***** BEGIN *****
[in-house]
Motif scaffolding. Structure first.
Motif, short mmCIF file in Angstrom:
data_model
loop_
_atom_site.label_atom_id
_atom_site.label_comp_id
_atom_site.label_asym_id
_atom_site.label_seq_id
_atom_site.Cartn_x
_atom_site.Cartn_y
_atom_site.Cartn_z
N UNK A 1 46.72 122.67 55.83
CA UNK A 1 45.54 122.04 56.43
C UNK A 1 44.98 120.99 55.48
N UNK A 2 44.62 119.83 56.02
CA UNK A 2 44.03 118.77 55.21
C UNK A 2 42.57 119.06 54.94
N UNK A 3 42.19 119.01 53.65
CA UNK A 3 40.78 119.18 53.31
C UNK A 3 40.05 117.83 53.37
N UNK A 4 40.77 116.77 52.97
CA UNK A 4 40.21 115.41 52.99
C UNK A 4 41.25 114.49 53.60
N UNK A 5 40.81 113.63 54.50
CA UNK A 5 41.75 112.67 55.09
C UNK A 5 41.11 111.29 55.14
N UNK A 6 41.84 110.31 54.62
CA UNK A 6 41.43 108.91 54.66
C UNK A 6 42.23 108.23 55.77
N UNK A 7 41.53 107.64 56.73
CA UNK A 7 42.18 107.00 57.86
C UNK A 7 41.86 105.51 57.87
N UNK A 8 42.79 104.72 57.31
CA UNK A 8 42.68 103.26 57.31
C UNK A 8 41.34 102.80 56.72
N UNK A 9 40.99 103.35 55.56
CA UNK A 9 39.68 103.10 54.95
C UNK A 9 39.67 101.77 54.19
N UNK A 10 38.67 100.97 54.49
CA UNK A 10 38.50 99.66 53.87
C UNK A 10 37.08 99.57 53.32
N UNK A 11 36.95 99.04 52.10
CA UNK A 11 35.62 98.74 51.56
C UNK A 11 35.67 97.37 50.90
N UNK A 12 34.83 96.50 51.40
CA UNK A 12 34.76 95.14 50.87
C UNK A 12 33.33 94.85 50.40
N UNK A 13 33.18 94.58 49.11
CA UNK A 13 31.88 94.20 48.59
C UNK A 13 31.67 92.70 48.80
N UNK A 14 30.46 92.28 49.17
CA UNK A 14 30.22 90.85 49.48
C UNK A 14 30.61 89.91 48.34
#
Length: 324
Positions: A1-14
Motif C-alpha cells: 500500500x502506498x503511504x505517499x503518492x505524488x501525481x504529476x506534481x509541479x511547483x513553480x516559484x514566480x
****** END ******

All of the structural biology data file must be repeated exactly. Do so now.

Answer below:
[in-house]
Motif scaffolding. Structure first.
Motif, short mmCIF file in Angstrom:
data_model
loop_
_atom_site.label_atom_id
_atom_site.label_comp_id
_atom_site.label_asym_id
_atom_site.label_seq_id
_atom_site.Cartn_x
_atom_site.Cartn_y
_atom_site.Cartn_z
N UNK A 1 46.72 122.67 55.83
CA UNK A 1 45.54 122.04 56.43
C UNK A 1 44.98 120.99 55.48
N UNK A 2 44.62 119.83 56.02
CA UNK A 2 44.03 118.77 55.21
C UNK A 2 42.57 119.06 54.94
N UNK A 3 42.19 119.01 53.65
CA UNK A 3 40.78 119.18 53.31
C UNK A 3 40.05 117.83 53.37
N UNK A 4 40.77 116.77 52.97
CA UNK A 4 40.21 115.41 52.99
C UNK A 4 41.25 114.49 53.60
N UNK A 5 40.81 113.63 54.50
CA UNK A 5 41.75 112.67 55.09
C UNK A 5 41.11 111.29 55.14
N UNK A 6 41.84 110.31 54.62
CA UNK A 6 41.43 108.91 54.66
C UNK A 6 42.23 108.23 55.77
N UNK A 7 41.53 107.64 56.73
CA UNK A 7 42.18 107.00 57.86
C UNK A 7 41.86 105.51 57.87
N UNK A 8 42.79 104.72 57.31
CA UNK A 8 42.68 103.26 57.31
C UNK A 8 41.34 102.80 56.72
N UNK A 9 40.99 103.35 55.56
CA UNK A 9 39.68 103.10 54.95
C UNK A 9 39.67 101.77 54.19
N UNK A 10 38.67 100.97 54.49
CA UNK A 10 38.50 99.66 53.87
C UNK A 10 37.08 99.57 53.32
N UNK A 11 36.95 99.04 52.10
CA UNK A 11 35.62 98.74 51.56
C UNK A 11 35.67 97.37 50.90
N UNK A 12 34.83 96.50 51.40
CA UNK A 12 34.76 95.14 50.87
C UNK A 12 33.33 94.85 50.40
N UNK A 13 33.18 94.58 49.11
CA UNK A 13 31.88 94.20 48.59
C UNK A 13 31.67 92.70 48.80
N UNK A 14 30.46 92.28 49.17
CA UNK A 14 30.22 90.85 49.48
C UNK A 14 30.61 89.91 48.34
#
Length: 324
Positions: A1-14
Motif C-alpha cells: 500500500x502506498x503511504x505517499x503518492x505524488x501525481x504529476x506534481x509541479x511547483x513553480x516559484x514566480x